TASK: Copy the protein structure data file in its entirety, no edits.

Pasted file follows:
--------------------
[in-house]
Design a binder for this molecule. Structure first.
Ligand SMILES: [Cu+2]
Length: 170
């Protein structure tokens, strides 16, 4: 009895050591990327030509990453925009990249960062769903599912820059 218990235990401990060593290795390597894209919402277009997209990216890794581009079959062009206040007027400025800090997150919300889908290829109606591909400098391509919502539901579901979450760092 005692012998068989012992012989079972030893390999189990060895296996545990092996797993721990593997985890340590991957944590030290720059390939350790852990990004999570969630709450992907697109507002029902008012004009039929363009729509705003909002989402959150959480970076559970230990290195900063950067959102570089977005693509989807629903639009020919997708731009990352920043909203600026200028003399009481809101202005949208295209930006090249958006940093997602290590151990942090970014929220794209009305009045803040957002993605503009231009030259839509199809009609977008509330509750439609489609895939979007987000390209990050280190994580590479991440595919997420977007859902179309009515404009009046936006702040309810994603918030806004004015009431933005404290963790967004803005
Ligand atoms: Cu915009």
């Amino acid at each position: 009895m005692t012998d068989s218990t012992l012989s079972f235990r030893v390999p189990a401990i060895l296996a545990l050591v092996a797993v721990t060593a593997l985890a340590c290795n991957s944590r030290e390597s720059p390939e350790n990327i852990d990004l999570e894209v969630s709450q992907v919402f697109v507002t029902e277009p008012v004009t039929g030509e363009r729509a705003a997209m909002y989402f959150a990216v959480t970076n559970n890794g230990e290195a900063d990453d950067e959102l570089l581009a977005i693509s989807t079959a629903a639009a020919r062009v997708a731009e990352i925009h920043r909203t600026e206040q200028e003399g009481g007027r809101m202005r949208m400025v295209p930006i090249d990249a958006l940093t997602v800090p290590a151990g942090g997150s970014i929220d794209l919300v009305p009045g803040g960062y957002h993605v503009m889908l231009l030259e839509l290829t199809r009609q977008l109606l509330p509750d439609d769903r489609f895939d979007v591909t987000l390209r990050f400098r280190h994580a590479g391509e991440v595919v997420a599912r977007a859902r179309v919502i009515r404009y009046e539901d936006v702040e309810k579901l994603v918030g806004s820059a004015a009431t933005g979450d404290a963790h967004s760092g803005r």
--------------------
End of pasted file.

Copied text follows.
[in-house]
Design a binder for this molecule. Structure first.
Ligand SMILES: [Cu+2]
Length: 170
């Protein structure tokens, strides 16, 4: 009895050591990327030509990453925009990249960062769903599912820059 218990235990401990060593290795390597894209919402277009997209990216890794581009079959062009206040007027400025800090997150919300889908290829109606591909400098391509919502539901579901979450760092 005692012998068989012992012989079972030893390999189990060895296996545990092996797993721990593997985890340590991957944590030290720059390939350790852990990004999570969630709450992907697109507002029902008012004009039929363009729509705003909002989402959150959480970076559970230990290195900063950067959102570089977005693509989807629903639009020919997708731009990352920043909203600026200028003399009481809101202005949208295209930006090249958006940093997602290590151990942090970014929220794209009305009045803040957002993605503009231009030259839509199809009609977008509330509750439609489609895939979007987000390209990050280190994580590479991440595919997420977007859902179309009515404009009046936006702040309810994603918030806004004015009431933005404290963790967004803005
Ligand atoms: Cu915009």
């Amino acid at each position: 009895m005692t012998d068989s218990t012992l012989s079972f235990r030893v390999p189990a401990i060895l296996a545990l050591v092996a797993v721990t060593a593997l985890a340590c290795n991957s944590r030290e390597s720059p390939e350790n990327i852990d990004l999570e894209v969630s709450q992907v919402f697109v507002t029902e277009p008012v004009t039929g030509e363009r729509a705003a997209m909002y989402f959150a990216v959480t970076n559970n890794g230990e290195a900063d990453d950067e959102l570089l581009a977005i693509s989807t079959a629903a639009a020919r062009v997708a731009e990352i925009h920043r909203t600026e206040q200028e003399g009481g007027r809101m202005r949208m400025v295209p930006i090249d990249a958006l940093t997602v800090p290590a151990g942090g997150s970014i929220d794209l919300v009305p009045g803040g960062y957002h993605v503009m889908l231009l030259e839509l290829t199809r009609q977008l109606l509330p509750d439609d769903r489609f895939d979007v591909t987000l390209r990050f400098r280190h994580a590479g391509e991440v595919v997420a599912r977007a859902r179309v919502i009515r404009y009046e539901d936006v702040e309810k579901l994603v918030g806004s820059a004015a009431t933005g979450d404290a963790h967004s760092g803005r």